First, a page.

A beautifully staged and timed sequence, the scene presents the outlaw's death in a style that is both poetic and mundane. The buildup is full of tension and artistry but the eventual shooting is almost anticlimactic, reinforcing the indignity and simplicity of death, even for so called "legends." While he may have exuded an almost untouchable quality in life, all it took to kill the great Jesse James was a simple bullet to the head, but as the film goes on to demonstrate, his legend will live on in perpetuity, books will be written about the assassination, and movies will be made.

'Once Upon a Time in America' (Ch.10, 00:35:03 - 00:40:06) – A dense and ambiguous work, Sergio Leone's 'Once Upon a Time in America' features a sprawling scope with numerous flashback sequences that blend past and present together. These various cuts between time periods allow the filmmakers to form creative visual transitions, easing the viewer from one decade to the next in oftentimes creative and emotionally resonant ways. The scene in question here features such a segue and offers an achingly powerful moment of remembrance onscreen, literally guiding the viewer through time.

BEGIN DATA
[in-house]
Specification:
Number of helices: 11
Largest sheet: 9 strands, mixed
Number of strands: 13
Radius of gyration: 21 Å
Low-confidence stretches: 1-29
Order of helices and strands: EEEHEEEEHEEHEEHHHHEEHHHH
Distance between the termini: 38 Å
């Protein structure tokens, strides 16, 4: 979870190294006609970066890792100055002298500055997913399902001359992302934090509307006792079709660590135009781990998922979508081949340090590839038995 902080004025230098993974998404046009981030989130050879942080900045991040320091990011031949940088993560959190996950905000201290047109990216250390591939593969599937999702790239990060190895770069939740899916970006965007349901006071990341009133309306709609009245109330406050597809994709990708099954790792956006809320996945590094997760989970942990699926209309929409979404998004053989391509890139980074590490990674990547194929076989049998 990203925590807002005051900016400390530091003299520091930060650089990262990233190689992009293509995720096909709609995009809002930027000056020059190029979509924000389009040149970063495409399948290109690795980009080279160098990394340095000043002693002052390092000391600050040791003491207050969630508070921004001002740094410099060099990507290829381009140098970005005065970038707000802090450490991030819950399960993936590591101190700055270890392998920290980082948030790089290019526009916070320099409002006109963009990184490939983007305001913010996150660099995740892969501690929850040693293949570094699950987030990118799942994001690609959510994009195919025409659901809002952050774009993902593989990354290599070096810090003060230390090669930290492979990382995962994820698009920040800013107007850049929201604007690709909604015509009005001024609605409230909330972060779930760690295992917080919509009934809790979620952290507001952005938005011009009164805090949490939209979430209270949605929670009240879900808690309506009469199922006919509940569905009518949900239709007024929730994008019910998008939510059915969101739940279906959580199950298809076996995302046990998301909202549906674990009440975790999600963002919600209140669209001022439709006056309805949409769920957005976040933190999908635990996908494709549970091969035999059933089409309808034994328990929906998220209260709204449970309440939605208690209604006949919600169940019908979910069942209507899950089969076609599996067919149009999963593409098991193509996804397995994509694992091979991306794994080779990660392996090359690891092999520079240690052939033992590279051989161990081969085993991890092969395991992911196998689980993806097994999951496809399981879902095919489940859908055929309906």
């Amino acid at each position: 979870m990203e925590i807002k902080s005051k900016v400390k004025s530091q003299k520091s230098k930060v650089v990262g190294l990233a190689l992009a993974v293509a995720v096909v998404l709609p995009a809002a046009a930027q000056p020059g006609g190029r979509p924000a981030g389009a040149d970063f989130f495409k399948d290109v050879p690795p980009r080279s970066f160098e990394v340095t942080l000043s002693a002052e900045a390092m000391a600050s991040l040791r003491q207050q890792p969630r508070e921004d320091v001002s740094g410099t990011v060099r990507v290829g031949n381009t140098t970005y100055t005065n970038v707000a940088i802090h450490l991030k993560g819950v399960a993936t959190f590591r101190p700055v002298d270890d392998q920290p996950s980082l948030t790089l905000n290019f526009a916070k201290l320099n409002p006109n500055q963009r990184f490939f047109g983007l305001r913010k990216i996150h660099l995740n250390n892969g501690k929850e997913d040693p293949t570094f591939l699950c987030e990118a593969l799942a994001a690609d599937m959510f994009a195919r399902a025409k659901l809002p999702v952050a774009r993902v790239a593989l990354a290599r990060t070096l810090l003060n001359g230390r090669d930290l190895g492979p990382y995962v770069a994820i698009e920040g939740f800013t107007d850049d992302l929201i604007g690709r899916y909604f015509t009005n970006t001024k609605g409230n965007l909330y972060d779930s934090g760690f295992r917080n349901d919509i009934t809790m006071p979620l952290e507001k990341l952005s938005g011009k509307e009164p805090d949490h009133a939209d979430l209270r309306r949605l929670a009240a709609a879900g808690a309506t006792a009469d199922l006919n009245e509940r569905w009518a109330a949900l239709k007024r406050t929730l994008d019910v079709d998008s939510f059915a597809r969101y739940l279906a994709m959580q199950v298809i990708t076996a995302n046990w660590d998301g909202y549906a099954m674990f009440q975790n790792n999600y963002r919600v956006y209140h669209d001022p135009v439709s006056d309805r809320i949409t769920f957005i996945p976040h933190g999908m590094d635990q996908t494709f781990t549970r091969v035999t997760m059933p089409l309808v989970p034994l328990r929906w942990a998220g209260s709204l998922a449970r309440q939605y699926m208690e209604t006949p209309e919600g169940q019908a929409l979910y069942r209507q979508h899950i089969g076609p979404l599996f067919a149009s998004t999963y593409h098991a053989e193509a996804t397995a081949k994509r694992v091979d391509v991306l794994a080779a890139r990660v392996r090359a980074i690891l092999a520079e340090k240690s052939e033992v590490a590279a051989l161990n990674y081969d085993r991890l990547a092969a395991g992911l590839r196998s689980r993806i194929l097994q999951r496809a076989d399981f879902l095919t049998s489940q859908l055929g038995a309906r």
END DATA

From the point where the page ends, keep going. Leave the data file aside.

After returning home, an elder David "Noodles" Aaronson (Robert De Niro) visits the restaurant where he spent much of his youth. As the aging gangster makes his way around the room, Ennio Morricone's elegiac score fills the room, gently leading Noodles and the camera itself in a slow, meditative rhythm. The camera moves from old photographs on the wall to Noodles' sad, aged face, illuminating the vast distance between what once was and what now is. Aaronson enters the bathroom, carefully stands on the toilet and suddenly removes a small piece of the wall, revealing a peep hole of sorts, allowing him to see into the backroom. A golden hued light cascades over Noodles' eyes. Leone then starts to employ what will become a series of slow push-ins that form a melancholic, visual syntax for the scene. As Noodles peers into the other room, we cut to a shot of his eyes and slowly close in on his sad expression, a nostalgic glint in his pupils, though we still can't see what he sees. Joseph LaCalle's "Amapola" creeps into the scene and with the help of the music to ease the transition, we finally cut to Noodles' perspective revealing a young girl, Deborah (Jennifer Connelly), dressed as a ballerina as she practices a dance. Dust swirls in shafts of sepia soaked light, and its clear that this shot is from a different time period entirely.